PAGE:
Warning: This article features suggestions that involve undressing your harp and should only be read by mature adults...!
Some interesting experiments can be conducted by playing the diatonic harp without its cover plates. The function of the cover plates is to form an acoustic chamber around the reeds to amplify the sound and affect the tone. It also provides something for the hands to get hold of and, in the case of the blues harp, forms part of the instrument's mouthpiece. Removing them makes the harp more difficult to play comfortably, but allows you to create some unusual effects.
With the covers removed, blow into hole 4. Now, still blowing, out your thumb onto the draw reed for the same hole. Notice how the tone changes - the note becomes louder, sounding more like a chromatic harmonica. This is because your thumb is functioning like the valve on a chromatic, closing off the other reed in the same hole and forcing all of the air through the reed you are playing. You will find that the note can be bent in the same way as a note on a chromatic. Try playing 4 draw whilst covering 4 blow - compare the bend you can get this way, with the bend you get normally and you will notice quite a difference. Try 4 blow again, this time covering the blow reed and you will find that the note will not sound at all, when played normally. If you use a similar technique to note bending, you will find that the note suddenly leaps up in pitch, as the overblow comes in. This is how the Suzuki Overdrive and Dr. Bahnson's Overblow Harp works, blocking the blow reeds to achieve overblows and blocking the draw reeds to achieve overdraws. The overblows/draws played this way are a lot stronger than when the harp is played normally - they will be louder, have a better tone, can be bent further without losing the note and will take a lot more vibrato than usual.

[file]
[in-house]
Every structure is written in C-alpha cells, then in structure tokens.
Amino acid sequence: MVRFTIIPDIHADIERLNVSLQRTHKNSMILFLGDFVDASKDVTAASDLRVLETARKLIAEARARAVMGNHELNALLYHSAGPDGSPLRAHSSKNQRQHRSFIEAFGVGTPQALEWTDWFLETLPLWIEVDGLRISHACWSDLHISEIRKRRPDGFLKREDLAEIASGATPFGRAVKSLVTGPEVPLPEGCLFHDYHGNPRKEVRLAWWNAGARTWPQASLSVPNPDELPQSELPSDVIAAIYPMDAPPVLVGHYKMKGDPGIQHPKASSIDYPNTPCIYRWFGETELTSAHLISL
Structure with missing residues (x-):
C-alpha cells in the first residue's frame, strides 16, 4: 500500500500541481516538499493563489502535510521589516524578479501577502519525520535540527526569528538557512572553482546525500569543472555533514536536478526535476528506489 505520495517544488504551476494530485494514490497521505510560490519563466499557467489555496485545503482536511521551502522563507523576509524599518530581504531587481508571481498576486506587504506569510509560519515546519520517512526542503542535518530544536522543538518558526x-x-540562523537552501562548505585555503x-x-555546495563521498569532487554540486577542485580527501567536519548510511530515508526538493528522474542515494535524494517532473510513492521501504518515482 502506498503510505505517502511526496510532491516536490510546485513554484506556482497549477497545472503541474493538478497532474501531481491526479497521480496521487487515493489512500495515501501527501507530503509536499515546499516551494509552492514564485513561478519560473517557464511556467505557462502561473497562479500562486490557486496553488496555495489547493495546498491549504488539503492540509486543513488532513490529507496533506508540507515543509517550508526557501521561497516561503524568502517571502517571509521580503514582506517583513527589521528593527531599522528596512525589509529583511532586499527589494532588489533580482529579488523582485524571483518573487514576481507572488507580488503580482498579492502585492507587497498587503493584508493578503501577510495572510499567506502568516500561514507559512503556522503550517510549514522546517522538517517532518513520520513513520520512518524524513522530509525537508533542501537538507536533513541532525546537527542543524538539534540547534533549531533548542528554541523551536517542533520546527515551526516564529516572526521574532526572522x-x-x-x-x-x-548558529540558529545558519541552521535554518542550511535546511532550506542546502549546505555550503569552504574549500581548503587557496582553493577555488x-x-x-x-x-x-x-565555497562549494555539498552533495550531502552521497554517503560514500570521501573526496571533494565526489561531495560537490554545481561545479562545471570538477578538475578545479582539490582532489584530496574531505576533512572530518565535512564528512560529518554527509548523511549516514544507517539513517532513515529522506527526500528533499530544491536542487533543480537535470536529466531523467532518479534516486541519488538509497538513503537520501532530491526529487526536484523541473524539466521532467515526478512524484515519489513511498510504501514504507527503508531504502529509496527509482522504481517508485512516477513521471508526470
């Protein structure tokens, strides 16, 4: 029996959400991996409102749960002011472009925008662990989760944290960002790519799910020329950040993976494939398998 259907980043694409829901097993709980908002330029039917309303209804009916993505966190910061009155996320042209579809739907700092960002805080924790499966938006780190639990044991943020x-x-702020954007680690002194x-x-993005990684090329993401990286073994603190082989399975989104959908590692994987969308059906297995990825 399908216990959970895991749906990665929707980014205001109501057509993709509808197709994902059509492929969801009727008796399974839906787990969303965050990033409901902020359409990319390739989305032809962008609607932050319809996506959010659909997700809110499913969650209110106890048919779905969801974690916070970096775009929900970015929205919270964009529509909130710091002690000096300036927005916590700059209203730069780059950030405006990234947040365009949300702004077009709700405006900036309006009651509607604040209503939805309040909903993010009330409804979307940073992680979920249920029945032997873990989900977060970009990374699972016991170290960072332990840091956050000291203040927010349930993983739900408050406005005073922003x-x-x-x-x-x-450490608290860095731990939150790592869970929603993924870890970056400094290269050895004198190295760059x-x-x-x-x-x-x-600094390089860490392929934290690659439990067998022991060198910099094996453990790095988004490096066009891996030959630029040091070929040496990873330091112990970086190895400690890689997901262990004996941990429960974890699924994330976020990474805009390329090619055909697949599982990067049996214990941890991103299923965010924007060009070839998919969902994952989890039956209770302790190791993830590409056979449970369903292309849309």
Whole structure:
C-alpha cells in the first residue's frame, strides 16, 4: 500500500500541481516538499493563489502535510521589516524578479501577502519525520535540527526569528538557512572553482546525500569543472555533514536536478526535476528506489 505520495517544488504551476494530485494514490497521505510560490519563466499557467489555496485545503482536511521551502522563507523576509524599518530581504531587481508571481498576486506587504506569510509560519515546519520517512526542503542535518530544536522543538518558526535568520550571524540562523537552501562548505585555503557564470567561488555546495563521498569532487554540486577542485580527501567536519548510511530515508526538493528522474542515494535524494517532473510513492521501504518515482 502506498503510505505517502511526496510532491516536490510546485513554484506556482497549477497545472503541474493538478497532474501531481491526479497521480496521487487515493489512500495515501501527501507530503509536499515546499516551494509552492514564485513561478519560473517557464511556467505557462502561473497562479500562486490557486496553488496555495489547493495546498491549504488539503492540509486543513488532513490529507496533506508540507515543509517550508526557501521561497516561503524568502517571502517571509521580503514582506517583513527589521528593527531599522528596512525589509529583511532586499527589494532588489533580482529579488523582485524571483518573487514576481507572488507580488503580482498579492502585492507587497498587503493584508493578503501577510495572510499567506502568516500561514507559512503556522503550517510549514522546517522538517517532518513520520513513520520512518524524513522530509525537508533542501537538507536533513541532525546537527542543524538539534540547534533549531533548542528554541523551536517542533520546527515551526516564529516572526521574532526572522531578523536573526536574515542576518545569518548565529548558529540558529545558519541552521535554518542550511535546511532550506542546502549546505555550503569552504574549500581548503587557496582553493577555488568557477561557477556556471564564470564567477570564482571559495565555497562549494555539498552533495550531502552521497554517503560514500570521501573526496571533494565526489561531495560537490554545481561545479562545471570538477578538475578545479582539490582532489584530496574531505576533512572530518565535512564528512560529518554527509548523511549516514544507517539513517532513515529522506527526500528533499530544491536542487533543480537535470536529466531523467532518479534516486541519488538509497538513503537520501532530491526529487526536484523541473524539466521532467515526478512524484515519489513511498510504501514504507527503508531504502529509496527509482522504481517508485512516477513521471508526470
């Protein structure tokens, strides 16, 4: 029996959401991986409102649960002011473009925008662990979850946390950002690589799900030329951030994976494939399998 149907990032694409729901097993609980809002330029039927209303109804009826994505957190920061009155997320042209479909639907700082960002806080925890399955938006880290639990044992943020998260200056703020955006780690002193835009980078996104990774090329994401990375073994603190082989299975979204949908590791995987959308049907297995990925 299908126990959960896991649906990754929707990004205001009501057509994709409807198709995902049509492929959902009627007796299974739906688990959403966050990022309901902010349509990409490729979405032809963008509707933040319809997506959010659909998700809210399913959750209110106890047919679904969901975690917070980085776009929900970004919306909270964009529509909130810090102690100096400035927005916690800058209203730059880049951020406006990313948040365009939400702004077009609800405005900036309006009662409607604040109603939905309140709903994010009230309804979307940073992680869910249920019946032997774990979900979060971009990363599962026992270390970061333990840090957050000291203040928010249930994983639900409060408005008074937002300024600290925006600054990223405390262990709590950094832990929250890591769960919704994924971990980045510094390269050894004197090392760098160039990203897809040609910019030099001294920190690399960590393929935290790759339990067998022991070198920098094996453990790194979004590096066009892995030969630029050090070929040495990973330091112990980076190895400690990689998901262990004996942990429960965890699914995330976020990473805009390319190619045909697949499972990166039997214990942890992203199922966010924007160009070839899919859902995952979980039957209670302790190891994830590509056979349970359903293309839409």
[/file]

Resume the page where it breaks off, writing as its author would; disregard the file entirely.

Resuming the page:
The previous ideas could be very practical in certain circumstances, say, when recording, if you want cleaner overblows. The following ideas are just suggestions - they may be useful to you, or they may just be an interesting way to spend a few minutes. With your naked harp, play holes 4 and 5 together. Now stop the 4 draw reed with your thumb and the blow 5 reed with your finger (you might find this a little tricky at first). Now, still with your mouth covering both holes, play draw 5 and bend it downwards. Notice how far you can bend it - on a harp, it will (in theory, at least) go down as far as C#. Still covering the same two holes with your mouth, stop the 4 blow reed and the 5 draw reed, play 5 blow. Again, on a C harp, the E can be bent down to around Eb. This is the same principle that is used when playing bent notes on the double reed diatonics (octave and tremolo harps). Experiment with some other pairs of reeds - the higher reed that is left unblocked can be bent down to just above the pitch of the lower unblocked reed. Try it, you'll soon get the hang of it, but whether it is any use to you, only you can decide.
Possibly even less useful, is interfering with the reed as it is sounding, without stopping it completely. This can produce some very odd effects, ranging from buzzing noises to pitch changes. Maybe you can use these sounds, maybe not, but I'm sure you will enjoy experimenting.
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